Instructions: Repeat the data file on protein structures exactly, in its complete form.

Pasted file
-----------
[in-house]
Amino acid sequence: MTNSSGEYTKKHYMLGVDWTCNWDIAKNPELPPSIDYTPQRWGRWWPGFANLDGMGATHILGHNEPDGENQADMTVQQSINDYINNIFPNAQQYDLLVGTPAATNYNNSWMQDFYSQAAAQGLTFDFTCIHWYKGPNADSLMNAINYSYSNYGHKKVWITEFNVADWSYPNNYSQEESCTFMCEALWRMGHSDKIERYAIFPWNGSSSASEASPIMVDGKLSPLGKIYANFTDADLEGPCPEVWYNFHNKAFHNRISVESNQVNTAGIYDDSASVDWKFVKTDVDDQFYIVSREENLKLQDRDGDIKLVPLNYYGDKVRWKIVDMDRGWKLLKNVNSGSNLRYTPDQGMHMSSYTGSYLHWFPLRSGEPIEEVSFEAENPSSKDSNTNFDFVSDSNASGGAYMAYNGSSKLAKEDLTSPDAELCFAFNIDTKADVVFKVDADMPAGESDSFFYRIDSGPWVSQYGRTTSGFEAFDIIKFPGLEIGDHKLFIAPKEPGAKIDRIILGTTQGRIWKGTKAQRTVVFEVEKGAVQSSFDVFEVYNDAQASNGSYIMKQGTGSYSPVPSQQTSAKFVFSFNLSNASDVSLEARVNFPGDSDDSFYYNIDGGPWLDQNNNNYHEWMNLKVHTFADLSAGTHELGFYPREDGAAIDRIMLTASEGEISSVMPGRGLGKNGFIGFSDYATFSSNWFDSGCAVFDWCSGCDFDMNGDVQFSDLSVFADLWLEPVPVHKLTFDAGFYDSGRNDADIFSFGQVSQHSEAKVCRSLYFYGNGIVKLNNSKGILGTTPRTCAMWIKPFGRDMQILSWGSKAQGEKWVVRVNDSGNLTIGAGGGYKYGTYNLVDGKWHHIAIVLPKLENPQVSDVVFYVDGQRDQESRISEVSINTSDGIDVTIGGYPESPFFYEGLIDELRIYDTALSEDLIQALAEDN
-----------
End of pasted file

[in-house]
Amino acid sequence: MTNSSGEYTKKHYMLGVDWTCNWDIAKNPELPPSIDYTPQRWGRWWPGFANLDGMGATHILGHNEPDGENQADMTVQQSINDYINNIFPNAQQYDLLVGTPAATNYNNSWMQDFYSQAAAQGLTFDFTCIHWYKGPNADSLMNAINYSYSNYGHKKVWITEFNVADWSYPNNYSQEESCTFMCEALWRMGHSDKIERYAIFPWNGSSSASEASPIMVDGKLSPLGKIYANFTDADLEGPCPEVWYNFHNKAFHNRISVESNQVNTAGIYDDSASVDWKFVKTDVDDQFYIVSREENLKLQDRDGDIKLVPLNYYGDKVRWKIVDMDRGWKLLKNVNSGSNLRYTPDQGMHMSSYTGSYLHWFPLRSGEPIEEVSFEAENPSSKDSNTNFDFVSDSNASGGAYMAYNGSSKLAKEDLTSPDAELCFAFNIDTKADVVFKVDADMPAGESDSFFYRIDSGPWVSQYGRTTSGFEAFDIIKFPGLEIGDHKLFIAPKEPGAKIDRIILGTTQGRIWKGTKAQRTVVFEVEKGAVQSSFDVFEVYNDAQASNGSYIMKQGTGSYSPVPSQQTSAKFVFSFNLSNASDVSLEARVNFPGDSDDSFYYNIDGGPWLDQNNNNYHEWMNLKVHTFADLSAGTHELGFYPREDGAAIDRIMLTASEGEISSVMPGRGLGKNGFIGFSDYATFSSNWFDSGCAVFDWCSGCDFDMNGDVQFSDLSVFADLWLEPVPVHKLTFDAGFYDSGRNDADIFSFGQVSQHSEAKVCRSLYFYGNGIVKLNNSKGILGTTPRTCAMWIKPFGRDMQILSWGSKAQGEKWVVRVNDSGNLTIGAGGGYKYGTYNLVDGKWHHIAIVLPKLENPQVSDVVFYVDGQRDQESRISEVSINTSDGIDVTIGGYPESPFFYEGLIDELRIYDTALSEDLIQALAEDN